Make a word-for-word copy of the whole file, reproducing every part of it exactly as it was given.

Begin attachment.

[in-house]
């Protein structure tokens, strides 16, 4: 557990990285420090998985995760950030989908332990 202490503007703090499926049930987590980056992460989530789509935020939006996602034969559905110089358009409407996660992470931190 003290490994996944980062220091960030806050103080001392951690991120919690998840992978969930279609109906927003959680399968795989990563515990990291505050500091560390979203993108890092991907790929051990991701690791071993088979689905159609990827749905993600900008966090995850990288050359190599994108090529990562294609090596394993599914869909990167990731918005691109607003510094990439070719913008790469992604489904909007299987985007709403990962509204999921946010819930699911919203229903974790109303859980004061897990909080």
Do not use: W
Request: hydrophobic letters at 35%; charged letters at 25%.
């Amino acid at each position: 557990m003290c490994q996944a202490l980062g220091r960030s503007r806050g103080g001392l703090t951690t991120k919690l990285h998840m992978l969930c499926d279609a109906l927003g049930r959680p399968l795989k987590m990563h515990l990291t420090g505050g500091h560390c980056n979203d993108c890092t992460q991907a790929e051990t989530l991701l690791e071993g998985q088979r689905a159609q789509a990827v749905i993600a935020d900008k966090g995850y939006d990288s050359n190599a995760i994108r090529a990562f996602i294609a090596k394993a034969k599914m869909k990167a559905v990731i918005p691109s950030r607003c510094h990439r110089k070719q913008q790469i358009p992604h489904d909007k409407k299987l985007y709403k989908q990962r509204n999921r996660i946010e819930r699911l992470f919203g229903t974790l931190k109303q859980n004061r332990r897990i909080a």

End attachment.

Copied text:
[in-house]
């Protein structure tokens, strides 16, 4: 557990990285420090998985995760950030989908332990 202490503007703090499926049930987590980056992460989530789509935020939006996602034969559905110089358009409407996660992470931190 003290490994996944980062220091960030806050103080001392951690991120919690998840992978969930279609109906927003959680399968795989990563515990990291505050500091560390979203993108890092991907790929051990991701690791071993088979689905159609990827749905993600900008966090995850990288050359190599994108090529990562294609090596394993599914869909990167990731918005691109607003510094990439070719913008790469992604489904909007299987985007709403990962509204999921946010819930699911919203229903974790109303859980004061897990909080």
Do not use: W
Request: hydrophobic letters at 35%; charged letters at 25%.
């Amino acid at each position: 557990m003290c490994q996944a202490l980062g220091r960030s503007r806050g103080g001392l703090t951690t991120k919690l990285h998840m992978l969930c499926d279609a109906l927003g049930r959680p399968l795989k987590m990563h515990l990291t420090g505050g500091h560390c980056n979203d993108c890092t992460q991907a790929e051990t989530l991701l690791e071993g998985q088979r689905a159609q789509a990827v749905i993600a935020d900008k966090g995850y939006d990288s050359n190599a995760i994108r090529a990562f996602i294609a090596k394993a034969k599914m869909k990167a559905v990731i918005p691109s950030r607003c510094h990439r110089k070719q913008q790469i358009p992604h489904d909007k409407k299987l985007y709403k989908q990962r509204n999921r996660i946010e819930r699911l992470f919203g229903t974790l931190k109303q859980n004061r332990r897990i909080a």